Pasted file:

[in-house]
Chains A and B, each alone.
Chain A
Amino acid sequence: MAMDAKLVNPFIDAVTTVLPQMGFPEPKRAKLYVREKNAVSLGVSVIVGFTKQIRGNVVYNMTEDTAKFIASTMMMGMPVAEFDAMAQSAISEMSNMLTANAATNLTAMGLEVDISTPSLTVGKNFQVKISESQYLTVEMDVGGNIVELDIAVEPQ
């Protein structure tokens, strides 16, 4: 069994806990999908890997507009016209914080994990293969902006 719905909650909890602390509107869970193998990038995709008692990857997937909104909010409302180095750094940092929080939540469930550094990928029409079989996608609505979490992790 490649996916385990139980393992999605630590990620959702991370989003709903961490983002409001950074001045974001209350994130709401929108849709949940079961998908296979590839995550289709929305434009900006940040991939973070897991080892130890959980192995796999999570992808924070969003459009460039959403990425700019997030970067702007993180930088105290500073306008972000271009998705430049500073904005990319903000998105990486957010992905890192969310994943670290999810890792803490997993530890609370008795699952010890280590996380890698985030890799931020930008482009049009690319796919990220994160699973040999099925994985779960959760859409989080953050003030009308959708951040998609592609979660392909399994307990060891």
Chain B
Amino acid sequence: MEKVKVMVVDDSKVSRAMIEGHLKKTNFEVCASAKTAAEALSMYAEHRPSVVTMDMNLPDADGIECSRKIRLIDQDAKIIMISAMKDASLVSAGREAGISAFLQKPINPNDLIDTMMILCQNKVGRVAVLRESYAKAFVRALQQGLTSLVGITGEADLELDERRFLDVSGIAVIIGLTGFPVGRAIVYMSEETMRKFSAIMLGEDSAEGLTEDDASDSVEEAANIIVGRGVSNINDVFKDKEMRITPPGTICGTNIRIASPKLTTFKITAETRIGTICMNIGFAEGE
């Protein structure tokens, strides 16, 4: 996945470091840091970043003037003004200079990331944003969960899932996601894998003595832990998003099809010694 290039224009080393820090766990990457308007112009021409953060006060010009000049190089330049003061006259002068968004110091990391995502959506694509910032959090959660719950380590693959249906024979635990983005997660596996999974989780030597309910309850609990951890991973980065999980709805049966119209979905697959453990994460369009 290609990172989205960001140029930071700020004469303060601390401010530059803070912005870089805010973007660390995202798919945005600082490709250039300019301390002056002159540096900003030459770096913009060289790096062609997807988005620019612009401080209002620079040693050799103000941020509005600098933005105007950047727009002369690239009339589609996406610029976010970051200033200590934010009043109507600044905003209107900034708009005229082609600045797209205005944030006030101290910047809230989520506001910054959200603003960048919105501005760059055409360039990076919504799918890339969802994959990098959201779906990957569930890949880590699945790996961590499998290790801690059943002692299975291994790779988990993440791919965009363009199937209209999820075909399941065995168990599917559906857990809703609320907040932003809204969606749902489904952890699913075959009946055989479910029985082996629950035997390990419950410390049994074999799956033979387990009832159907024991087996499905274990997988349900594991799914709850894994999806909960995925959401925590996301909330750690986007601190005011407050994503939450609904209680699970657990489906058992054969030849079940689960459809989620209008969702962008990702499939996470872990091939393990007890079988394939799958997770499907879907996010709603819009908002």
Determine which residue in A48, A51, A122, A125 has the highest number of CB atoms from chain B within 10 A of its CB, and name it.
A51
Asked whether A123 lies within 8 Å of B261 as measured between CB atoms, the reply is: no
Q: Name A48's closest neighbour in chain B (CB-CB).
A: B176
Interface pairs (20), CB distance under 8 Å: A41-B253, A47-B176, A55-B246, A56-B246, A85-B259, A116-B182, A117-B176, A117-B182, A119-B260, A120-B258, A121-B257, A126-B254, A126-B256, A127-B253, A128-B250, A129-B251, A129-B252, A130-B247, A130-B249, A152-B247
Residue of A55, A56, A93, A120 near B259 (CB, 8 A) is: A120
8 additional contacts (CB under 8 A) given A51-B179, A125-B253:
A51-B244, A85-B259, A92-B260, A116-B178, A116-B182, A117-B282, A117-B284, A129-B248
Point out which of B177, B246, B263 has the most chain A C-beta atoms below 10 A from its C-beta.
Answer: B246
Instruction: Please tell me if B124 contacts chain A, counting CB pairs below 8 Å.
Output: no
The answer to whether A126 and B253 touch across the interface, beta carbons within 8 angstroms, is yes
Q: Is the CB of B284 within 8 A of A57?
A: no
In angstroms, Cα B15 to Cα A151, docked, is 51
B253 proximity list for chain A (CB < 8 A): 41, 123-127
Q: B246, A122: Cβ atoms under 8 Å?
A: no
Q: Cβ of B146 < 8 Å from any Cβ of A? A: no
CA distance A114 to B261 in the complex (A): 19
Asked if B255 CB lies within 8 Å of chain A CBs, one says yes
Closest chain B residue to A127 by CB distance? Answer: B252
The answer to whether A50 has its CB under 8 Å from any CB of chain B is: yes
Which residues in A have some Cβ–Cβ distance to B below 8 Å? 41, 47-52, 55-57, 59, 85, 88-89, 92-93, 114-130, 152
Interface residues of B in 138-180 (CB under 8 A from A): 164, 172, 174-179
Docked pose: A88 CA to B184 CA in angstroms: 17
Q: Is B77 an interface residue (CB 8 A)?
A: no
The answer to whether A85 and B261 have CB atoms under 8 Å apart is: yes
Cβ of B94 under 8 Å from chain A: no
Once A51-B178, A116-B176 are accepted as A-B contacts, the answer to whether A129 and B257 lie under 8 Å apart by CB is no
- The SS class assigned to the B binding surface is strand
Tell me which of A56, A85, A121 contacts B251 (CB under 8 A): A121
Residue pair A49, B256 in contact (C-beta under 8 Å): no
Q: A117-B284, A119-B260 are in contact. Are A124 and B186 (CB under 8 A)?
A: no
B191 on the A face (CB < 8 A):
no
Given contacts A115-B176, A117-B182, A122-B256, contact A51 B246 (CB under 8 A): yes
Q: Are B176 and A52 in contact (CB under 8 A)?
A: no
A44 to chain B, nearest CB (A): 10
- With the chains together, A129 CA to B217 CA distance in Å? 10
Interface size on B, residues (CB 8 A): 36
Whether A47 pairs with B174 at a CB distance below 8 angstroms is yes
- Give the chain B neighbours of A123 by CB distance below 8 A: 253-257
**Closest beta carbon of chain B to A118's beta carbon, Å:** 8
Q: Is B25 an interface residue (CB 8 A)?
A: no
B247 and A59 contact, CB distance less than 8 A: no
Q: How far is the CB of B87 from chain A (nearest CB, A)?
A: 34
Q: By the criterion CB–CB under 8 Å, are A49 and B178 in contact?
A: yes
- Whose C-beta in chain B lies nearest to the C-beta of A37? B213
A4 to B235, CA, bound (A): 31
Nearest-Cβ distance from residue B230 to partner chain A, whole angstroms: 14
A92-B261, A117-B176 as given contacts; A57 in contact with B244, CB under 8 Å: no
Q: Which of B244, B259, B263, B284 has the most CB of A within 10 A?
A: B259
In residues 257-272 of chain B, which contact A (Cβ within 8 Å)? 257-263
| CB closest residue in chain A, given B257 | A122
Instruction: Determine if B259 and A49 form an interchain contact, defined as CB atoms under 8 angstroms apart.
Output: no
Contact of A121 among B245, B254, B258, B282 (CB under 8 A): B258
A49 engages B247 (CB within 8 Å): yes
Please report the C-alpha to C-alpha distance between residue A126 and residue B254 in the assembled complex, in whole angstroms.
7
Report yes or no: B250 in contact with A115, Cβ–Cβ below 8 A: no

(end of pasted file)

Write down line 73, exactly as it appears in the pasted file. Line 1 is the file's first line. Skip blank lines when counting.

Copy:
Instruction: Determine if B259 and A49 form an interchain contact, defined as CB atoms under 8 angstroms apart.